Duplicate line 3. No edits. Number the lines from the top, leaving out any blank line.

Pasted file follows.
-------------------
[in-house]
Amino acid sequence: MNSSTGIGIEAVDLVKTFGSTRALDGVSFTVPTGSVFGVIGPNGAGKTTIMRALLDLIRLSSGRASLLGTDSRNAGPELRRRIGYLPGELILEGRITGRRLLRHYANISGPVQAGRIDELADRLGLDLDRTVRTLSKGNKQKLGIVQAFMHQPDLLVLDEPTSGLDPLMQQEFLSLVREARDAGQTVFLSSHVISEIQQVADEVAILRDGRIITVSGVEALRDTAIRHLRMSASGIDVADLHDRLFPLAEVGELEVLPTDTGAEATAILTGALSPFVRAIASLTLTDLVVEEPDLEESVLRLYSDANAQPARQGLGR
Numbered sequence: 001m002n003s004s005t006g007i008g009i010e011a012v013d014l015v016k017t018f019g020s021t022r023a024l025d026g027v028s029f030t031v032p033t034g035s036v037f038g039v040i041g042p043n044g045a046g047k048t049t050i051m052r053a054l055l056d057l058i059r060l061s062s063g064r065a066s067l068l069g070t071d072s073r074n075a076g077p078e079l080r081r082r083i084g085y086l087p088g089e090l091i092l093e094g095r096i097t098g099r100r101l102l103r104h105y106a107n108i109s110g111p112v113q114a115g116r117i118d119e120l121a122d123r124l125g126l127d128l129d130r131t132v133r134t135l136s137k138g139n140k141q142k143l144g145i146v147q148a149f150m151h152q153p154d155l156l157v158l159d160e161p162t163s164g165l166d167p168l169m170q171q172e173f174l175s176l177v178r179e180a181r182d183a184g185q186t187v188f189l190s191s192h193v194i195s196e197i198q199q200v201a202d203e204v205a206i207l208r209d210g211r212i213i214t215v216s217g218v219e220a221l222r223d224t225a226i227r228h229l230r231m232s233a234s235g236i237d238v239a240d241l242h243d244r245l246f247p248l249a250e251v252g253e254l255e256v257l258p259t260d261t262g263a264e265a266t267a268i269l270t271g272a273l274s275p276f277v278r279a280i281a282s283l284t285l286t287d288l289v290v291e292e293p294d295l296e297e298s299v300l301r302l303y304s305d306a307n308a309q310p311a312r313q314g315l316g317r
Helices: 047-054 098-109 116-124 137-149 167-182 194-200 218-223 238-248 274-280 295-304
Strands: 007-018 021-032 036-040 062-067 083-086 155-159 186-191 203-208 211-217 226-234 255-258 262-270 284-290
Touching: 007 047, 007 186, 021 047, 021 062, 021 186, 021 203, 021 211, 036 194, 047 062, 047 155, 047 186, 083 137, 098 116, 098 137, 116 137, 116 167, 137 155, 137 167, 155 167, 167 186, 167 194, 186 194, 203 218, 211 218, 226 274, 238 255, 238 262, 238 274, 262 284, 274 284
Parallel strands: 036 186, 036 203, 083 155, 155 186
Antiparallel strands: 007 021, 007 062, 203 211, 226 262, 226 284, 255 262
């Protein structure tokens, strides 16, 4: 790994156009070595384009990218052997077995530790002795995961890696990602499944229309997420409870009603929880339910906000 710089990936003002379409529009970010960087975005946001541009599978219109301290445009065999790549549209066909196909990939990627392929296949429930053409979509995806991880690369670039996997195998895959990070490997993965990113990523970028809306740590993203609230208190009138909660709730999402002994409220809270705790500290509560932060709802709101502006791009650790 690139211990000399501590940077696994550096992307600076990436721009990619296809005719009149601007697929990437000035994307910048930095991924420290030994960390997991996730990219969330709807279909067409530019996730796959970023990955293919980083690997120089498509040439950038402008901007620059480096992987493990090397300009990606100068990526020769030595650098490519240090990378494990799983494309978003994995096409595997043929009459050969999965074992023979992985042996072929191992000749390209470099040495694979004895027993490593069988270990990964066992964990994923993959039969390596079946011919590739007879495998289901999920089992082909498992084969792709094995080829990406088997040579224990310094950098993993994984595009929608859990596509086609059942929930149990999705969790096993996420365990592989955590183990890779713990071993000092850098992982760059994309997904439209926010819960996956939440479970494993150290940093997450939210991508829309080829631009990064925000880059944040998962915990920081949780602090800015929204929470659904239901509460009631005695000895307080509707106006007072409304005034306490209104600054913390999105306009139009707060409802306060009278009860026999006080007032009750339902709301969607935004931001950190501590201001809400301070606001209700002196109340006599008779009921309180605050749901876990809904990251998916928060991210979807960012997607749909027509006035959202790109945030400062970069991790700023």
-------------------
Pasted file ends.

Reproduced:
Numbered sequence: 001m002n003s004s005t006g007i008g009i010e011a012v013d014l015v016k017t018f019g020s021t022r023a024l025d026g027v028s029f030t031v032p033t034g035s036v037f038g039v040i041g042p043n044g045a046g047k048t049t050i051m052r053a054l055l056d057l058i059r060l061s062s063g064r065a066s067l068l069g070t071d072s073r074n075a076g077p078e079l080r081r082r083i084g085y086l087p088g089e090l091i092l093e094g095r096i097t098g099r100r101l102l103r104h105y106a107n108i109s110g111p112v113q114a115g116r117i118d119e120l121a122d123r124l125g126l127d128l129d130r131t132v133r134t135l136s137k138g139n140k141q142k143l144g145i146v147q148a149f150m151h152q153p154d155l156l157v158l159d160e161p162t163s164g165l166d167p168l169m170q171q172e173f174l175s176l177v178r179e180a181r182d183a184g185q186t187v188f189l190s191s192h193v194i195s196e197i198q199q200v201a202d203e204v205a206i207l208r209d210g211r212i213i214t215v216s217g218v219e220a221l222r223d224t225a226i227r228h229l230r231m232s233a234s235g236i237d238v239a240d241l242h243d244r245l246f247p248l249a250e251v252g253e254l255e256v257l258p259t260d261t262g263a264e265a266t267a268i269l270t271g272a273l274s275p276f277v278r279a280i281a282s283l284t285l286t287d288l289v290v291e292e293p294d295l296e297e298s299v300l301r302l303y304s305d306a307n308a309q310p311a312r313q314g315l316g317r